(a) To employ any device, scheme, or artifice to defraud,


(b) To make any untrue statement of a material fact or to omit to state a material fact necessary in order to make the statements made, in the light of the circumstances under which they were made, not misleading, or


(c) To engage in any act, practice, or course of business which operates or would operate as a fraud or deceit upon any person,

 in connection with the purchase or sale of any security.

 17 C.F.R. § 240.10b-5.

 Count 2 of the complaint is asserted against the individual defendants under 15 U.S.C. 78t(a), which provides that


every person who, directly or indirectly, controls any person liable under any provision of this title or of any rule or regulation thereunder shall also be liable jointly and severally with and to the same extent as such controlled person to any person to whom such controlled person is liable, unless the controlling person acted in good faith and did not directly or indirectly induce the act or acts constituting the violation or cause of action.


 I. Allegation of Scienter

 A. General Pleading Requirements

 Rule 9(b), of course, requires "averments of fraud" and "the circumstances constituting fraud" to be pleaded "with particularity."

 Defendants contend that plaintiffs' factual allegations do not meet the pleading requirements of Rule 9(b), particularly as that rule has been interpreted by the Second Circuit in securities fraud cases. In particular, defendants assert that plaintiffs have failed to allege facts showing that defendants acted with fraudulent intent.

 "Securities fraud allegations under § 10(b) and Rule 10b-5 are subject to the pleading requirements of Rule 9(b)," Shields v. Citytrust Bancorp, Inc., 25 F.3d 1124, 1127 (2d Cir. 1994), which requires that "the circumstances constituting fraud ... be stated with particularity." Fed. R. Civ. P. 9(b). A securities fraud "complaint making such allegations must '(1) specify the statements that the plaintiff contends were fraudulent, (2) identify the speaker, (3) state where and when the statements were made, and (4) explain why the statements were fraudulent.'" Shields, 25 F.3d at 1127-28 (quoting Mills v. Polar Molecular Corp., 12 F.3d 1170, 1175 (2d Cir. 1993)).

 With respect to the scienter element of fraud, the Second Circuit "require[s] plaintiffs to allege facts that give rise to a strong inference of fraudulent intent." Shields, 25 F.3d at 1128. "In order to establish scienter for the fraud claim, the plaintiffs must either (1) identify circumstances indicating conscious or reckless behavior by the defendants, or (2) allege facts showing a motive for committing fraud and a clear opportunity for doing so." San Leandro Emergency Med. Group Profit Sharing Plan v. Philip Morris Companies, Inc., 75 F.3d 801, 813 (2d Cir. 1996).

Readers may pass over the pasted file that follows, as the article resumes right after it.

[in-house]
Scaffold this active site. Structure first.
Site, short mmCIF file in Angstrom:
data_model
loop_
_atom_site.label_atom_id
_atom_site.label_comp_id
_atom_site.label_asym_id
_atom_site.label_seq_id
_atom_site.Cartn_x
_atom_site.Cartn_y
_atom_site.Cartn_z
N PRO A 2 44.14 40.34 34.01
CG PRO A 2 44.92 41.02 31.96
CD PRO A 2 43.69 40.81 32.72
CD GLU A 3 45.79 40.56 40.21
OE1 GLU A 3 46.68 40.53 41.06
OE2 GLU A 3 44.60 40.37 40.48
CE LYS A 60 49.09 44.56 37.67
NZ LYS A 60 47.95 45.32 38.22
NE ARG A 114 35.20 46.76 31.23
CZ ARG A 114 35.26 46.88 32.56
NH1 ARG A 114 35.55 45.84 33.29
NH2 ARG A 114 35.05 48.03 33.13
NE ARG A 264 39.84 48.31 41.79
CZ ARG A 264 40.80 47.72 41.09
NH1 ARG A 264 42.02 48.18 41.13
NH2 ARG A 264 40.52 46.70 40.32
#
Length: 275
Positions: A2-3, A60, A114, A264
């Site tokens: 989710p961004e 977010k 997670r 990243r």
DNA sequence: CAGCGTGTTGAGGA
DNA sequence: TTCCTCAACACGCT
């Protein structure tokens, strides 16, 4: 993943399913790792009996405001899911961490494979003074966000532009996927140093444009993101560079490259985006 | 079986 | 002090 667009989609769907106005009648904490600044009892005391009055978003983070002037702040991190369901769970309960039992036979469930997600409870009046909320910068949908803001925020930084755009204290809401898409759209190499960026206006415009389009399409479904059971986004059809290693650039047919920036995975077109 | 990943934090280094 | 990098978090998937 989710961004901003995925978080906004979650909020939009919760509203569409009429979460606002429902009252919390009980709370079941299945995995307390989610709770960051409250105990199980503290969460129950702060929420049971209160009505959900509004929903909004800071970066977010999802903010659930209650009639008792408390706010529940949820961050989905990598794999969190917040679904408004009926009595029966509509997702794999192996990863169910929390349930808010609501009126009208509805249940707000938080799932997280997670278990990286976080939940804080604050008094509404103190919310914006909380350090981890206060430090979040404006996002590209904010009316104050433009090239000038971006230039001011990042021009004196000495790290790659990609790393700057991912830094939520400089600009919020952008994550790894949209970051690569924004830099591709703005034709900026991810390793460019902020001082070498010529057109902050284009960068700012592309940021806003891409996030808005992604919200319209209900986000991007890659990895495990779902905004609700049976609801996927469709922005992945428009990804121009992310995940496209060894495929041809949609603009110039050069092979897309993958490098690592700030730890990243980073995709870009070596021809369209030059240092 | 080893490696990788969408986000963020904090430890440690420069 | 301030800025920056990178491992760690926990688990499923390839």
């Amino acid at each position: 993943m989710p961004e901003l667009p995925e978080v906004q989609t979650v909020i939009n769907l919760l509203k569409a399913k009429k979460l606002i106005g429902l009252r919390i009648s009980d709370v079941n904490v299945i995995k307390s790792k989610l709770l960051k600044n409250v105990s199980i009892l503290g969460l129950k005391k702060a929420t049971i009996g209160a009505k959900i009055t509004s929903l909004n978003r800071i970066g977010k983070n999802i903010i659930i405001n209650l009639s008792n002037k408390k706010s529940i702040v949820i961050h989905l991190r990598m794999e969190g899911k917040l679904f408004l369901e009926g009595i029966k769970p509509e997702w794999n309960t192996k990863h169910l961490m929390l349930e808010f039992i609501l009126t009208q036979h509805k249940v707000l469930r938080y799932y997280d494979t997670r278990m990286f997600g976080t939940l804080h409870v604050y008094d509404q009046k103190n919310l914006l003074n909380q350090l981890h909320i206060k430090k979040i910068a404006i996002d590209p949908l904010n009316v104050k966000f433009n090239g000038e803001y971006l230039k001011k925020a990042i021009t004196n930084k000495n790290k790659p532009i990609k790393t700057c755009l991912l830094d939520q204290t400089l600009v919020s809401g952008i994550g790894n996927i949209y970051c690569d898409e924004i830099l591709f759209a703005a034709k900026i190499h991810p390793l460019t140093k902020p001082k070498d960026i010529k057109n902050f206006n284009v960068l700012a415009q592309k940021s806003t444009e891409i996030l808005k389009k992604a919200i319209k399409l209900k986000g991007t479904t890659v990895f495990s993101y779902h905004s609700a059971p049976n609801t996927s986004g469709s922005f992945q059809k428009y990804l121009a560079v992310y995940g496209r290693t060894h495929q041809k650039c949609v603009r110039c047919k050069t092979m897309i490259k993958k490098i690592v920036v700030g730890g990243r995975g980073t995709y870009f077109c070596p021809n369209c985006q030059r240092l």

Although the alleged facts must give rise to a strong inference of fraudulent intent, however, and "though specificity is required with respect to the statements that are alleged to have been fraudulent," Cohen v. Koenig, 25 F.3d 1168, 1173 (2d Cir. 1994), the provision in Rule 9(b) that "malice, intent, knowledge, and other condition of mind of a person may be averred generally" means that "'great specificity [is] not required with respect to ... allegations of ... scienter.'" Id. at 1173 (quoting Connecticut Nat'l Bank v. Fluor Corp., 808 F.2d 957, 962 (2d Cir. 1987)). The reason for this is that "a plaintiff realistically cannot be expected to plead a defendant's actual state of mind." Fluor, 808 F.2d at 962.

 In addition, Rule 9(b) must be read in conjunction with Rule 8(a), which requires "a short and plain" statement of the claims. DiVittorio v. Equidyne Extractive Industries, Inc., 822 F.2d 1242, 1247 (2d Cir. 1987).


Rule 9(b) cannot be viewed in vacuo. "The requirement of particularity does not abrogate Rule 8, and it should be harmonized with the general directives ... of Rule 8 that the pleadings contain 'a short and plain' statement of the claim or defense and with each averment should be 'simple, concise, and direct.' Rule 9(b) does not require nor make legitimate the pleading of detailed evidentiary matter."

 Ross v. A. H. Robins Co., 607 F.2d 545, 557 n.20 (2d Cir. 1979), (quoting 2A Moore's Federal Practice, P 9.03 at 1929-30), cert. denied, 446 U.S. 946, 64 L. Ed. 2d 802, 100 S. Ct. 2175 (1980).

 The Second Circuit has also held that the general rule that fraud pleadings cannot be based upon information and belief does not apply when the facts are peculiarly within the opposing party's knowledge. Such facts may be alleged upon information and belief provided that they are accompanied by a statement of the facts upon which the belief is based. DiVittorio, 822 F.2d at 1247. Moreover, "allegations of scienter are not subjected to the more exacting consideration applied to the other components of fraud." Ouaknine v. MacFarlane, 897 F.2d 75, 81 (2d Cir. 1990).

 Nevertheless, the Second Circuit has cautioned courts not to "mistake the relaxation of Rule 9(b)'s specificity requirement regarding condition of mind for a 'license to base claims of fraud on speculation and conclusory allegations.'" Acito v. Imcera Group, Inc., 47 F.3d 47, 52 (2d Cir. 1995) (quoting Wexner v. First Manhattan Co., 902 F.2d 169, 172 (2d Cir. 1990)). Therefore, "plaintiffs have the 'burden of pleading circumstances that provide at least a minimal factual basis for their conclusory allegations of scienter.' Such a basis may be shown through allegations of a motive to deceive and access to accurate information." Cohen, 25 F.3d at 1173-74 (quoting Fluor, 808 F.2d at 962).